Recommended Ride: Northern Ireland (Belfast-Portstewart-Bann Valley)

Founder of Energise E-bikes, Ray Wookey, and his son Tim took a trip to Northern Ireland in May for a few days of sightseeing and cycling.

In this blog post, Ray tells us what they found...

(Tim and Ray Wookey on the Northern Irish coast. Image: Author's own)

Tim had visited N. Ireland recently on business and was so impressed he suggested a father and son trip to take in Belfast and a cycle tour of the the northern coast of Northern Ireland.

We have our own e-bikes but in order to simplify the trip we left those at home and decided to fly by Easyjet from Gatwick to George Best City Airport, Belfast, where we picked up a small car to travel the short distance to a city centre hotel.

It was thirsty work travelling so The Crown Liquor Saloon (below) with 150 years of history was our first stop for a sandwich lunch and, surprise, surprise, a pint of Guinness. Then we took a walk round the city, which is well organised, clean and very attractive.

(The Crown Liquor Saloon, Belfast. Image: Visit Belfast)

We dropped into the City Hall which is a beautiful chamber full of history and has exhibitions detailing the background to the city and highlighting prominent citizens.

We then stumbled into Kelly’s Cellar (below), an old pub with a large outdoor area, in Bank Street. In the sunshine, we sampled more Guinness, and listened to a great three-piece band with a party atmosphere. We had a great time talking to 4 Irish welders who work in the shipyards, and to round off the day we headed for an Italian meal before a well-earned rest.

(Kelly's Cellar. Image: Author's own)

(Bank Street, Belfast. Image: Author's own)


Day 2

The following day we took a half hour walk to the Titanic Museum but before going in for our pre-booked time slot, we enjoyed a wonderful coffee in the Titanic Hotel (below), which is in the former headquarters of Harland and Wolff, the shipbuilders who created the Titanic. The hotel is architecturally interesting and worth a visit in its own right, and is adjacent to the museum.

Gallery | Titanic Hotel Belfast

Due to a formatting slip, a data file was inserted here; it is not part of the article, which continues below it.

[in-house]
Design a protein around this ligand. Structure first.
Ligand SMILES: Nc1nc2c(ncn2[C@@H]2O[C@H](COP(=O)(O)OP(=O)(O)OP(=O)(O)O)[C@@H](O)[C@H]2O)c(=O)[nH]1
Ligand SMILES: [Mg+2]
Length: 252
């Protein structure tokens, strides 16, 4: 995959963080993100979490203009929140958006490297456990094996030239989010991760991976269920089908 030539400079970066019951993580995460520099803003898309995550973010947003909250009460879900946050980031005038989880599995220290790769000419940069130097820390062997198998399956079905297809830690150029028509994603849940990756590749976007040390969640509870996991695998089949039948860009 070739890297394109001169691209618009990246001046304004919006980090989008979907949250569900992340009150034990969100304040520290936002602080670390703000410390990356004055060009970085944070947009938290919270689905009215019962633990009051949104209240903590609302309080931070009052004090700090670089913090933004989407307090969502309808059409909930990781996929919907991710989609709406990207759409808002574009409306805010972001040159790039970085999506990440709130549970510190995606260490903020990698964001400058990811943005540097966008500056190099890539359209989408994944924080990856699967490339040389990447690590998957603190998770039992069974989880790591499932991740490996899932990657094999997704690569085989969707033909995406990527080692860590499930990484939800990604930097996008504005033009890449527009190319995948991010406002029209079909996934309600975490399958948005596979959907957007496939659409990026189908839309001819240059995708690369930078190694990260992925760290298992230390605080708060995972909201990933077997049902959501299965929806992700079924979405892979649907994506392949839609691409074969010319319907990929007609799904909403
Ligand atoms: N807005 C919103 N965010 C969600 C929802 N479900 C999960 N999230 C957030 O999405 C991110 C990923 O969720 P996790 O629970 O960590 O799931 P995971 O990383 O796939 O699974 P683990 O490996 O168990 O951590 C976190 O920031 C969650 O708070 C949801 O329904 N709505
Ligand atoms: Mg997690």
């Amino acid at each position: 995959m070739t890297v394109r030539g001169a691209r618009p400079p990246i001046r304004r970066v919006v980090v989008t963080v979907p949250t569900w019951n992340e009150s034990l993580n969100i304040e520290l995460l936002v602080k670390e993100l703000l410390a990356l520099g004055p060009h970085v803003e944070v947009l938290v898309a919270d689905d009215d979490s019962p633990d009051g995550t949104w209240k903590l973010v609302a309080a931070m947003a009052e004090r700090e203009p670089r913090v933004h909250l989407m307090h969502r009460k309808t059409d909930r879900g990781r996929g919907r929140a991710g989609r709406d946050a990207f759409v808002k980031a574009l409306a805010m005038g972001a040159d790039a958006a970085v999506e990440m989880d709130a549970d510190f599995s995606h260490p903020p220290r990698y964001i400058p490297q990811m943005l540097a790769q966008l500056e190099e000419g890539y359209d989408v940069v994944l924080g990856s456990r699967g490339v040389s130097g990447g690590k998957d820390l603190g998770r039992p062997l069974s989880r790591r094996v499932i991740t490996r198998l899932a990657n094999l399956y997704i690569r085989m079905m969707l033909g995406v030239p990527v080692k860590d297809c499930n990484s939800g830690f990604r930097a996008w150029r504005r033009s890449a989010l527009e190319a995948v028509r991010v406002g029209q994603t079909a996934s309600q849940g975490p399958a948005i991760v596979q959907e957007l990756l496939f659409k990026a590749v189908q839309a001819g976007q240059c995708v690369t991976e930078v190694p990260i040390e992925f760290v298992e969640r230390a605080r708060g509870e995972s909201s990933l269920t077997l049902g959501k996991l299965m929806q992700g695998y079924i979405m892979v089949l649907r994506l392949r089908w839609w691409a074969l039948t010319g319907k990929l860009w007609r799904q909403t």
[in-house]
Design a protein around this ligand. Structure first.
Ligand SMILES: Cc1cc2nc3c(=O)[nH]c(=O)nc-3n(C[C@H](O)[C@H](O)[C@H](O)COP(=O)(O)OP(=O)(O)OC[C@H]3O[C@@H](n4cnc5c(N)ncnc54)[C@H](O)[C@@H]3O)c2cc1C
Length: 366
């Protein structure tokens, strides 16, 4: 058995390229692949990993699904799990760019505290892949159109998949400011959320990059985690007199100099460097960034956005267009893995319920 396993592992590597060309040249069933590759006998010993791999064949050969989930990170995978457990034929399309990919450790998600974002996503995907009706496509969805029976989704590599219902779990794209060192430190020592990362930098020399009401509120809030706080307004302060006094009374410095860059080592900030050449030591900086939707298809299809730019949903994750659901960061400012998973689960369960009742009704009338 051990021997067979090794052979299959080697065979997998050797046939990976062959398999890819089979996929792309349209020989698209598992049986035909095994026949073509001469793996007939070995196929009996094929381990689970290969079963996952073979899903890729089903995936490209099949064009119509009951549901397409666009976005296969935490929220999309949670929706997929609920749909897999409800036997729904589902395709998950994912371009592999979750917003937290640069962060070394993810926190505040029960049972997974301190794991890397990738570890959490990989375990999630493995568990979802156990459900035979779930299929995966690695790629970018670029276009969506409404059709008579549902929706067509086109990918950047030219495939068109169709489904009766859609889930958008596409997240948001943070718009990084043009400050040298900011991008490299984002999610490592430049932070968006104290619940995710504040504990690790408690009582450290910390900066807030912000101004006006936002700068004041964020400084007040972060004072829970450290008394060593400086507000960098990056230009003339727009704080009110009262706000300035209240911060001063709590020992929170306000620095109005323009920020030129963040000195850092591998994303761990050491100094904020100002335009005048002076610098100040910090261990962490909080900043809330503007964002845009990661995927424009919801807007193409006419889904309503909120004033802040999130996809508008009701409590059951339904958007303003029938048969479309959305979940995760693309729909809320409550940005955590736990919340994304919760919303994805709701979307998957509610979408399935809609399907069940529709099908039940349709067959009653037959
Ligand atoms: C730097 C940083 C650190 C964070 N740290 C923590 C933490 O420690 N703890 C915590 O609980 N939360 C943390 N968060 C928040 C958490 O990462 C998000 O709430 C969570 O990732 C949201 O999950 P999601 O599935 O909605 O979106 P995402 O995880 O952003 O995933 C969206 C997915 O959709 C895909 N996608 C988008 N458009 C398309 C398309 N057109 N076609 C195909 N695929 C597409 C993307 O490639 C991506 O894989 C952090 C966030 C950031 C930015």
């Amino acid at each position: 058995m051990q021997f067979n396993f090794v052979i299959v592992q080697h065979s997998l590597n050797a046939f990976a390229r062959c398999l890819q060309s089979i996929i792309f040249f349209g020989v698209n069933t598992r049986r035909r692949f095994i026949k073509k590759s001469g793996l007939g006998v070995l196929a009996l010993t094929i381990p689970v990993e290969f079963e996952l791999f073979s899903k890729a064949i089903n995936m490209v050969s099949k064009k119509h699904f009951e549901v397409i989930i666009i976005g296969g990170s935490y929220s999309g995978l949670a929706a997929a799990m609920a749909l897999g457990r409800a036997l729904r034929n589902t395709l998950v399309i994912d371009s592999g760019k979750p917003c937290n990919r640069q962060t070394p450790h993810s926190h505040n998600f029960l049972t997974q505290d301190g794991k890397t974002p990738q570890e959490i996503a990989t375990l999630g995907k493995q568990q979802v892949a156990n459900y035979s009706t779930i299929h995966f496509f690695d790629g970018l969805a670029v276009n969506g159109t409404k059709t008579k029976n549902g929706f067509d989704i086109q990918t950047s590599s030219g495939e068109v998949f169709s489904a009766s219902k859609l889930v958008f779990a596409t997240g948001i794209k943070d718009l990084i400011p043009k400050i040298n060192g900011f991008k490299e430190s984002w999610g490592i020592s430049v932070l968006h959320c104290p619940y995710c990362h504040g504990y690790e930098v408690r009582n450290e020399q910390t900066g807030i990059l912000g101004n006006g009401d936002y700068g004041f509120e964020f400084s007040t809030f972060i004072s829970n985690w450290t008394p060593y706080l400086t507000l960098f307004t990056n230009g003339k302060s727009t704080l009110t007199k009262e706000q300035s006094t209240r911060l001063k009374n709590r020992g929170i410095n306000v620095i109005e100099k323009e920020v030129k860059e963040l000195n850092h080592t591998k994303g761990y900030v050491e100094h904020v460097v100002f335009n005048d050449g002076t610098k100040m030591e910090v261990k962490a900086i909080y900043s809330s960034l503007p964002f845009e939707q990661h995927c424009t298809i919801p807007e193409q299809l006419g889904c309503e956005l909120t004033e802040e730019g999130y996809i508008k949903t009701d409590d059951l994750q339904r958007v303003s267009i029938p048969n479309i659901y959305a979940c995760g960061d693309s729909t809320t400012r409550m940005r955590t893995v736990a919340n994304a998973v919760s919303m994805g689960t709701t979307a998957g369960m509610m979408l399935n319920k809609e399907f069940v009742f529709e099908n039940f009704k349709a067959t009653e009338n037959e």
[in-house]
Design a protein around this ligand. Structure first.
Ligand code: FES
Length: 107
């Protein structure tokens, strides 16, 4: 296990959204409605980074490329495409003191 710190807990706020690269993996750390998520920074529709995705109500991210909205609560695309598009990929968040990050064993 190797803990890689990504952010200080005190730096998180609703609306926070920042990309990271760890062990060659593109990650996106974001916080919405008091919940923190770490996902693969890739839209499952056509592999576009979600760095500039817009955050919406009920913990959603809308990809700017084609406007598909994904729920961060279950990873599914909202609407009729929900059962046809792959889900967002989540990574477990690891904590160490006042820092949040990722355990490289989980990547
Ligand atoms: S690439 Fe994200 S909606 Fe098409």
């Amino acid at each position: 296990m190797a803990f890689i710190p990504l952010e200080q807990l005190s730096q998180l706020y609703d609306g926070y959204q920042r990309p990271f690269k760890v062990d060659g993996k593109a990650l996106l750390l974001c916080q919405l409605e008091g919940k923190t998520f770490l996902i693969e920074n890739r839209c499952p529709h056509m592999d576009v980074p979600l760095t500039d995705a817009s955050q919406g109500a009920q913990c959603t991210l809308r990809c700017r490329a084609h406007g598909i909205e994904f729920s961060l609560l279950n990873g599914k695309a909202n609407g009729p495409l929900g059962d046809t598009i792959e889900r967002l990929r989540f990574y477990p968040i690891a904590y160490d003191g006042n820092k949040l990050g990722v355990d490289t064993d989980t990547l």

(The Titanic Hotel main entrance. Image credit: Titanic Hotel Belfast)

On to the main event – the Titanic Museum. Wow. This museum is a beautifully presented and stunning building which houses a rich heritage of Belfast history, not just the shipbuilding. All sorts of industry and commercial enterprises are represented. Everything was very slick and organised.

(The Titanic Museum. Image: Author's own)

We recommend that you allow 1 ½ to 2 hours and book in advance. Make sure to take the pod ride experience within the building, to really see, hear and sense the heritage of the dockyard. It makes for a wonderful experience and is worth the trip alone.

We walked back into the city centre to drop into another of “Belfast's oldest pubs” to discover a 10-piece Irish Band playing fabulous music for Tim and I in an otherwise empty room (video below). Bliss! Naturally we had a pint of Guinness each while enjoying the terrific live band.

We found a taxi on the street and agreed with the driver that for £30 he would take us for 1 ½ to 2-hour trip round the “troubled areas”.

We saw a “peace wall” - a tall barrier separating a Catholic Nationalist community from a Protestant Loyalist community - as well as murals commemorating the troubles and we visited the memorial grounds.

It would seem our driver was involved. He told us of a time that he was put in the back of an army vehicle by an agitated soldier. Our driver had feared that he would be shot but in fact he and the soldier ended up having a friendly chat!

We then retrieved the car from free-all-day Sunday parking and headed up to Portstewart on the northern coast on great quiet roads taking no more than1 ½ hours.

We had booked into the quirky boutique Port 56 guesthouse. We had a lovely room and a warm welcome from Theresa and Rob for whom nothing was too much trouble.

We took the short walk into town and had a drink at The Anchor deciding to eat at Villa Bar and Grill (below) in Portstewart, which was good and a bit different.

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(Villa Bar and Grill in Portstewart. Image: Villa Bar and Grill)

Day 3

The following morning, armed with a full Irish breakfast, we took the car to Portrush and linked up with Ricky who runs Alive Adventures (below) who do bike hire and surf training.

(The rental e-bikes at Alive Adventures. Image: Author's own)